Yesterday began and ended with student performances, reminding me that I once described myself as having a "houseful of performing seals." That probably sounds a little edgy, but I loved and still love seeing my children’s joy in expressing themselves through acting, singing, music and movement.
At Renowned Middle School, the 6th graders just finished an expedition about the Four Forces of Nature: Gravity, Heat, Wind and Water. What makes their learning expeditionary is the way in which all the subject teachers work together to open the subject holistically. Math, science, language arts and social studies, even music came together to create an outstanding presentation. In four groups based around the four forces, students created a movement and music presentation grounded in science, history and mythology. The Princess worked in the Gravity group. They focused on the Kobe earthquake and the Japanese story "Earthquake Fish." All the students learned about the socio-economic impact of natural disasters (including Hurricane Katrina and the 1994 Tsunami). Working with a modern dance teacher from the city’s public arts academy, each of the four groups created a movement piece developed from both the science facts and the connected myth, with the central figure (in The Princess’ group, the Earthquake Fish) portrayed in a giant mask manipulated by one of the young dancers. The dances were scored with music the kids created using the program Garage Band. The total effect was amazing! And, oh yes, most of them were dancing in fabric bags, as they portrayed elements being worked on by the forces of nature. Try to pick your child out in a scene such as that…
In connection with the expedition, students have engaged in a service project; here’s a quote from their webpage:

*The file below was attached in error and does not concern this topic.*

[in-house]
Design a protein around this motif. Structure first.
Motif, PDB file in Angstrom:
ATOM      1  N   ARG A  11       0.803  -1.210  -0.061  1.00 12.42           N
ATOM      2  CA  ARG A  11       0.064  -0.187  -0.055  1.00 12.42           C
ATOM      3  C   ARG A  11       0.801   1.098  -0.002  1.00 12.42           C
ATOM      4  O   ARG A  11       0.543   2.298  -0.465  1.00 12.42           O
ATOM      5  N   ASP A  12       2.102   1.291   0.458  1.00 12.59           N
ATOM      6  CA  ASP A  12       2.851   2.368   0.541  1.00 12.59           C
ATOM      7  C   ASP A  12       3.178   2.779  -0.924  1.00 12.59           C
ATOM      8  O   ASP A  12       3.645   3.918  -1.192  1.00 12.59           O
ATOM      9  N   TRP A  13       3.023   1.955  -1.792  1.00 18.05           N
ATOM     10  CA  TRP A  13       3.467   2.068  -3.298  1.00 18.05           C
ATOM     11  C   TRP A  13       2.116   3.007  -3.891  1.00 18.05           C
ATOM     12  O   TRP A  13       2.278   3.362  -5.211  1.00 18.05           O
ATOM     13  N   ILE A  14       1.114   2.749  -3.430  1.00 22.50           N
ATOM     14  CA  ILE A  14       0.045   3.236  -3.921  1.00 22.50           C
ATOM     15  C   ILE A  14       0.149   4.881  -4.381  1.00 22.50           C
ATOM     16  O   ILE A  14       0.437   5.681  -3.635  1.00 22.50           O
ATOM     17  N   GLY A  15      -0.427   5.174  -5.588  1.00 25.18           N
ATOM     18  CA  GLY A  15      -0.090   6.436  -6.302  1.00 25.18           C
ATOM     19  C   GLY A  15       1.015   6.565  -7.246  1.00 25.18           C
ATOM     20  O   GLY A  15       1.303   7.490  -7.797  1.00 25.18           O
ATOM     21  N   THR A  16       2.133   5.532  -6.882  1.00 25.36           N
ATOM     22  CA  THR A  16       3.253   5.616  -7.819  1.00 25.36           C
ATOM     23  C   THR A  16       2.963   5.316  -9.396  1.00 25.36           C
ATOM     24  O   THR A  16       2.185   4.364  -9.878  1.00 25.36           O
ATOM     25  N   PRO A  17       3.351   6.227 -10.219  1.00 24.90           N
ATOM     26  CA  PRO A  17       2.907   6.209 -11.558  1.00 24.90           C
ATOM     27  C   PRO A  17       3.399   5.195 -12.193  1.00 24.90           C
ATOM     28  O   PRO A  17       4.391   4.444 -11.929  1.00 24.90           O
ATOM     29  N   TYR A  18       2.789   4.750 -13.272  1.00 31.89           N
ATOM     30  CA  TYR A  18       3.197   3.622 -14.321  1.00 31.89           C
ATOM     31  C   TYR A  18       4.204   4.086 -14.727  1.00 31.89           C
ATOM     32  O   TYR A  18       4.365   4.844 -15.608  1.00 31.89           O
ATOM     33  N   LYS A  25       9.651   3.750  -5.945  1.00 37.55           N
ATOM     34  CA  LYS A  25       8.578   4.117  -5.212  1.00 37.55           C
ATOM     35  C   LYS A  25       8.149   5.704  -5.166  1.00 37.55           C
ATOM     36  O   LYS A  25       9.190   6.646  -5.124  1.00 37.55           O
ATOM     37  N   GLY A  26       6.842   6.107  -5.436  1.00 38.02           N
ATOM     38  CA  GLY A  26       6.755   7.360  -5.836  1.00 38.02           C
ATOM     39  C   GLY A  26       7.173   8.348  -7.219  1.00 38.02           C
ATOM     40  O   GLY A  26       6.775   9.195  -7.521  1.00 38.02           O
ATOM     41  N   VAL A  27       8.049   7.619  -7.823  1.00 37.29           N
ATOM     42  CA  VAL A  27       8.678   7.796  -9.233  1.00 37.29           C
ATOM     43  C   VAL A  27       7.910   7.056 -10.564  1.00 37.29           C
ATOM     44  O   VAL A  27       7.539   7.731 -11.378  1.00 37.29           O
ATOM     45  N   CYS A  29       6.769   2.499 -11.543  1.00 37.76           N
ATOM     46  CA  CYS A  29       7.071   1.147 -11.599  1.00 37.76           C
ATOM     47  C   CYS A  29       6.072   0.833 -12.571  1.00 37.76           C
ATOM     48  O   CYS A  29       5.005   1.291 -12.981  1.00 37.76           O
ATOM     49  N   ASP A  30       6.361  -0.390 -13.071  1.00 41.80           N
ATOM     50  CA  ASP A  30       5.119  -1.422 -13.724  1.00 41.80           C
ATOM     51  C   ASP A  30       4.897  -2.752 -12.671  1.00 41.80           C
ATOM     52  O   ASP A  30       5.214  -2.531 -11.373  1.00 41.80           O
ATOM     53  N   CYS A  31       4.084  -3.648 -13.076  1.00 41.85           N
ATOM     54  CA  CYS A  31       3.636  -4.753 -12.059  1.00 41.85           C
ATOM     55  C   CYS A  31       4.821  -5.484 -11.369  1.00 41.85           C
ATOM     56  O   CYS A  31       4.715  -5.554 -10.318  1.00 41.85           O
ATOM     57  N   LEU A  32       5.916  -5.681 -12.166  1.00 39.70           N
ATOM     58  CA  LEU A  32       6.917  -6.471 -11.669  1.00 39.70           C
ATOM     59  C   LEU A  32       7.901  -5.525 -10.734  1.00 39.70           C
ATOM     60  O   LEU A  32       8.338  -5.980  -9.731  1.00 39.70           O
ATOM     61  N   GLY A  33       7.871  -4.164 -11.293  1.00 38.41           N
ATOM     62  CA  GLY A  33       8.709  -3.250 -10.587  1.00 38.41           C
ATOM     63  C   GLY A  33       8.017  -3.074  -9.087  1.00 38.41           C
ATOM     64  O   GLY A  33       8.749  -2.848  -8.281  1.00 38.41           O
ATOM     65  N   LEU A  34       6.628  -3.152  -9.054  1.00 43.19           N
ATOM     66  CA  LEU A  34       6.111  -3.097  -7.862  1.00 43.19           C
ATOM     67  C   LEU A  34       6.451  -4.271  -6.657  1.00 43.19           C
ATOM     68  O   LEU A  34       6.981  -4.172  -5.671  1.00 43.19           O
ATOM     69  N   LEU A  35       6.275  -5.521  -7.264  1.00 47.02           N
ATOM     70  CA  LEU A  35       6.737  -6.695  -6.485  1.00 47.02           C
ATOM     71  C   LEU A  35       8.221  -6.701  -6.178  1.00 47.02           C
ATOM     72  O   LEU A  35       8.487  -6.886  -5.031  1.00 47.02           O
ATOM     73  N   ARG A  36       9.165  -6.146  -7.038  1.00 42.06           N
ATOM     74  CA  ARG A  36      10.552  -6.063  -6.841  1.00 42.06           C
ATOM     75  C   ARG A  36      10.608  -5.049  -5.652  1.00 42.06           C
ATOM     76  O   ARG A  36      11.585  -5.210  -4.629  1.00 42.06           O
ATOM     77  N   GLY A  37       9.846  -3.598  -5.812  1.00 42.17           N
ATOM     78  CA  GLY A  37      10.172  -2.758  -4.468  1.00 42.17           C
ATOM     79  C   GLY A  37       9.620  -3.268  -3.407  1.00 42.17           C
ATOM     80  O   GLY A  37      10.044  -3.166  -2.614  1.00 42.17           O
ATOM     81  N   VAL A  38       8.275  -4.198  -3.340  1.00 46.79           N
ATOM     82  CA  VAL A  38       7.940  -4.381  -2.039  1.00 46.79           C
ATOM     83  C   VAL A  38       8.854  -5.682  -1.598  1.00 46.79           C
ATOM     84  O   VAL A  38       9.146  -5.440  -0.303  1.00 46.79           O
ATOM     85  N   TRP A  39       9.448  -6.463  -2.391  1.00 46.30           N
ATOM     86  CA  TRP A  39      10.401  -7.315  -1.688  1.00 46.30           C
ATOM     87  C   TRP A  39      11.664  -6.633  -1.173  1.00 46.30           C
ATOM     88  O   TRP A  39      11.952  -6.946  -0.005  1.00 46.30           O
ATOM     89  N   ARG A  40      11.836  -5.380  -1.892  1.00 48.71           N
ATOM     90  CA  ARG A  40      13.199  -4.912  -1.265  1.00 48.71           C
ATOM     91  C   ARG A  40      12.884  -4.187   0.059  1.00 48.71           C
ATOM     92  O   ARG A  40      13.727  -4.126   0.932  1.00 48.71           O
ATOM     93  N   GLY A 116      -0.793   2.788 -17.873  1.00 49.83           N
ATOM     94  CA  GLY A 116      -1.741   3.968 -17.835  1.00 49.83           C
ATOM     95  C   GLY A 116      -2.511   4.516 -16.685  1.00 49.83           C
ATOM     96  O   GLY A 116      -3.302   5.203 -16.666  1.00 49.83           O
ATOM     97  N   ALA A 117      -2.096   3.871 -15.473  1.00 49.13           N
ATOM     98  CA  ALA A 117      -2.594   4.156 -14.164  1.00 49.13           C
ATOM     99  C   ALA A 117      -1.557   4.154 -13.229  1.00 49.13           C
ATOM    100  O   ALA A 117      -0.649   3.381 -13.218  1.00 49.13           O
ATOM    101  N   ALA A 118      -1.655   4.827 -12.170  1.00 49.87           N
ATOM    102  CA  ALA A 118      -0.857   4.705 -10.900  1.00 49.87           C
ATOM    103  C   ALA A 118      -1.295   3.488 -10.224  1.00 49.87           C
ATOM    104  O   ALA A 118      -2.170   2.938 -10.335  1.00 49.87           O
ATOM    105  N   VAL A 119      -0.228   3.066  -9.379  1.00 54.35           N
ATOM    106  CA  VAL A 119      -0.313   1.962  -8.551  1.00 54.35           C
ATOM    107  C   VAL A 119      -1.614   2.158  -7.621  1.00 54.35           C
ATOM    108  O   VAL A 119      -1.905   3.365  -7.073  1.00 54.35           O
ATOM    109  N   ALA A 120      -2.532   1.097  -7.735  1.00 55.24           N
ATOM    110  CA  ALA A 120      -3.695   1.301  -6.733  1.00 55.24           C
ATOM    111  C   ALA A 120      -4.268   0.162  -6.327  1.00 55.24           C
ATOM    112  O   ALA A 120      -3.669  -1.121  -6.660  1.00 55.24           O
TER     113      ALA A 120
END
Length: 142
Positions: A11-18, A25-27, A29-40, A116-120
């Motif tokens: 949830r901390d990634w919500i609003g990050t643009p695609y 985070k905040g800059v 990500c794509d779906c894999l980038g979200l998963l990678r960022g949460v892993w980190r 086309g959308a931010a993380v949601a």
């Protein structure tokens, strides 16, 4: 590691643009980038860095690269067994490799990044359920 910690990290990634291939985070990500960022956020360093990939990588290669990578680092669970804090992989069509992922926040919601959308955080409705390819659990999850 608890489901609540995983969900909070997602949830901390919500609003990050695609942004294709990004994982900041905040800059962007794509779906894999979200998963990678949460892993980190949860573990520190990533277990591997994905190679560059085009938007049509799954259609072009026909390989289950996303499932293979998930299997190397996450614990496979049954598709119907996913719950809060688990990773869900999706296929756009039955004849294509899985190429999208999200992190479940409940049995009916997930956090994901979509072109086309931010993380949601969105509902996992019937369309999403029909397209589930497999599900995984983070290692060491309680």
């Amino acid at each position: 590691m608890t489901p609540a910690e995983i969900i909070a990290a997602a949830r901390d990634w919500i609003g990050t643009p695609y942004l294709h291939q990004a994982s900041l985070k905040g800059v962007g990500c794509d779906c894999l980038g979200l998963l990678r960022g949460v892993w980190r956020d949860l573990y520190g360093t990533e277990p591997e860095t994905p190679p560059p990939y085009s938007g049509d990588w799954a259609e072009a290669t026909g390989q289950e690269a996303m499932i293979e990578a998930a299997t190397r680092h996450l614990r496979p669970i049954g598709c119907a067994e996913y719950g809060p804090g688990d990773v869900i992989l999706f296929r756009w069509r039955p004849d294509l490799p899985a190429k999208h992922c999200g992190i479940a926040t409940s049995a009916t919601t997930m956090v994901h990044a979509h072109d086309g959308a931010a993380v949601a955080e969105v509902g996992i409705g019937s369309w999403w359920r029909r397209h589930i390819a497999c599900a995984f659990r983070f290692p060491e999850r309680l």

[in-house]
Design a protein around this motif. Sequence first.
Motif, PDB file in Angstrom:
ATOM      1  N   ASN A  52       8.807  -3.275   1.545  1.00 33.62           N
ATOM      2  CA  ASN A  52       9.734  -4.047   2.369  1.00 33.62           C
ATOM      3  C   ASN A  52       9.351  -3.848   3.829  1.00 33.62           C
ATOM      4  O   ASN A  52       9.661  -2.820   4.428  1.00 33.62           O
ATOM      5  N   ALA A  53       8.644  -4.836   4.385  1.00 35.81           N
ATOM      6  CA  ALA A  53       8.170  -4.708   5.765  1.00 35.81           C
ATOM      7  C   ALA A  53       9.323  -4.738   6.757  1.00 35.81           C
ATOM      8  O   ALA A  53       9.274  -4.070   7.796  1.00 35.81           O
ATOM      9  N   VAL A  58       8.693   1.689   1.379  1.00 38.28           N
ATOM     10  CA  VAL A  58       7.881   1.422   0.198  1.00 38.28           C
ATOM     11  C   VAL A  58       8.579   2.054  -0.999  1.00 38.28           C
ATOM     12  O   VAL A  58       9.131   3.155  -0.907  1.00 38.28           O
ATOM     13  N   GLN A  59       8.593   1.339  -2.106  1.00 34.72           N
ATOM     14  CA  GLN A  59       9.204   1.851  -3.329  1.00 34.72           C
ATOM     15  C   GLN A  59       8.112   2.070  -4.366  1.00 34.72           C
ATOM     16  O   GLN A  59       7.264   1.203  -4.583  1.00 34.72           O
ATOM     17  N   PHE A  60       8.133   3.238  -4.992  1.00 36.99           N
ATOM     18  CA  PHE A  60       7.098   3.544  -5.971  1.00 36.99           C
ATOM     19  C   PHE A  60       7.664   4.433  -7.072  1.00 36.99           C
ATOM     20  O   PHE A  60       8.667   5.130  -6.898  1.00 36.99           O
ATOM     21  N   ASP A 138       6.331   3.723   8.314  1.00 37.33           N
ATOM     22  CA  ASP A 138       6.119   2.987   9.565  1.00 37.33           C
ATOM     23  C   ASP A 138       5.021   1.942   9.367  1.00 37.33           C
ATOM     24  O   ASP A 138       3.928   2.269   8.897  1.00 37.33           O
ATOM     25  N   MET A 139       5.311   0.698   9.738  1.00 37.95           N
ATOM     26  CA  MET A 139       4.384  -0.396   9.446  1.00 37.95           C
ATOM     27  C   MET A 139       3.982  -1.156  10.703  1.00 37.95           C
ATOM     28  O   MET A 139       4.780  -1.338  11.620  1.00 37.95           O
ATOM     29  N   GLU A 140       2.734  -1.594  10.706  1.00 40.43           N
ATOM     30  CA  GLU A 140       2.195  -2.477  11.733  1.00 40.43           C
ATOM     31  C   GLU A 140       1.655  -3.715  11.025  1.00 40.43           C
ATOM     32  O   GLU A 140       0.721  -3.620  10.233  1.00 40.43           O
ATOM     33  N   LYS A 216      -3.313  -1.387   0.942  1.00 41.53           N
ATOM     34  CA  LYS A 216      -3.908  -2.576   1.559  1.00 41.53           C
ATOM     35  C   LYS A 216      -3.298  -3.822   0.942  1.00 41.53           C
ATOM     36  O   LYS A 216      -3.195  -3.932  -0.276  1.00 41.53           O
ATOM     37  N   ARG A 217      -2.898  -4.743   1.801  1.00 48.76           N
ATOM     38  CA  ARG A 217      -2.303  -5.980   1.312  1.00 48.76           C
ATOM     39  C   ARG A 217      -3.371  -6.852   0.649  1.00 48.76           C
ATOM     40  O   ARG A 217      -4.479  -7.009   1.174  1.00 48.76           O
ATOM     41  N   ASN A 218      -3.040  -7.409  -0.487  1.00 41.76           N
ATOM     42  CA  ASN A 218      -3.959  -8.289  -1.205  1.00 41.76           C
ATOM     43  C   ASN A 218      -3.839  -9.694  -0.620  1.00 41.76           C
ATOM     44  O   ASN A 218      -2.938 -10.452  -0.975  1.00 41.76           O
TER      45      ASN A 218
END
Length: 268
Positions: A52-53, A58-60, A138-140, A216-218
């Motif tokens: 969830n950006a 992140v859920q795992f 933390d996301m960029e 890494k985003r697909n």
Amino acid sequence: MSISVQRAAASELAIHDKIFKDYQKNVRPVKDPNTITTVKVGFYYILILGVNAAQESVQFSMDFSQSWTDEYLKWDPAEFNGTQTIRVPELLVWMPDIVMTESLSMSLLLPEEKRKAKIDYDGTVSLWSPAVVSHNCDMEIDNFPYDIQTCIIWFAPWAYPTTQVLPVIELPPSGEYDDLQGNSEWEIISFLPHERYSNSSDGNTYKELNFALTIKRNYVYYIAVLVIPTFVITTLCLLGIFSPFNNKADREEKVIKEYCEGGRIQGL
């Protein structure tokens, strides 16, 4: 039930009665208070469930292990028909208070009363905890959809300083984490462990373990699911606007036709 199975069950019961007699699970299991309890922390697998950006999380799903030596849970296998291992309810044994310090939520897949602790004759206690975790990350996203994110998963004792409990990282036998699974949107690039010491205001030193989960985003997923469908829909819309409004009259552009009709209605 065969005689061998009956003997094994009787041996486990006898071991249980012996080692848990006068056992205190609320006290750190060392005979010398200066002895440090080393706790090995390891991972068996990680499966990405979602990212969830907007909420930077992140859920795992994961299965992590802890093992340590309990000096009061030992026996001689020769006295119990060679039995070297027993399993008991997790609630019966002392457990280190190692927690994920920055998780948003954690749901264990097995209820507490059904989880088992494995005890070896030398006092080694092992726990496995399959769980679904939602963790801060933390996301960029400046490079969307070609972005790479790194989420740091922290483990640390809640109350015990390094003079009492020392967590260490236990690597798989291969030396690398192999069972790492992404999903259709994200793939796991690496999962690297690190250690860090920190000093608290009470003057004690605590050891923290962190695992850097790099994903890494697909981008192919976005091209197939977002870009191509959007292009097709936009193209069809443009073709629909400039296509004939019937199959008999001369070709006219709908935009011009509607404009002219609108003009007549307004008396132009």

In our current expedition, The Forces Are with Us, we have been
studying the four forces of nature: wind, heat, water, and gravity. As
part of our expedition, we looked at what hurricane Katrina did to the
area around New Orleans. We wanted to do something to help, so we are
collecting art supplies for an after school that is set up in a FEMA
trailer park in New Orleans. The program services about 300 children
who are ages 7-14. They are seeking donations and we are trying to help
them. We are gathering supplies such as pencils, water colors, paint
brushes, scissors, and glue. Please bring any donations to room 212. Thank you for your support.
I am very proud of The Princess who is one of the team leaders for the service project.
Last evening, Snowman sat in on the concert for the school strings program, playing his clarinet on the Radetzky March and the second movement of Schubert’s Symphony #9 in C Major (The "Great" Symphony), which has lovely parts for various wind instruments. Most of the wind players invited to sit in were college students (who, as Snowman pointed out, got paid for their effort!), and he was pleased to be among them.
Ever since he was a little tike, Snowman has shown remarkable sangfroid on stage. In fact, he once fell asleep during a performance of "Peter Pan," in which he played Michael Darling. The Darling children are in bed. When Wendy came to "wake Michael," she found she had to wake Snowman. We must give him full credit, as he leapt up and went on with the play as if he had never been asleep.
Last night there was a long gap between the first piece he played and the second, and as the other music went on and on and on, he began to look more than meditative to me. In fact, during the Handel Organ Concerto, which did not include the winds, I began to worry. You’ll have to forgive me, I’m known for worrying, I can’t see all that well at a distance, and we were sitting in the balcony of a large concert hall. He just looked to me like a person whose eyes were closed. When the Schubert began, and the college girl clarinetist next to him held her horn at the ready, his was still down. Was this a style or timing choice? Or WAS HE ASLEEP?!?!!!
Fortunately, Snowman, as befits his name, is far superior to his mother at keeping his cool. His cue came, and he played beautifully.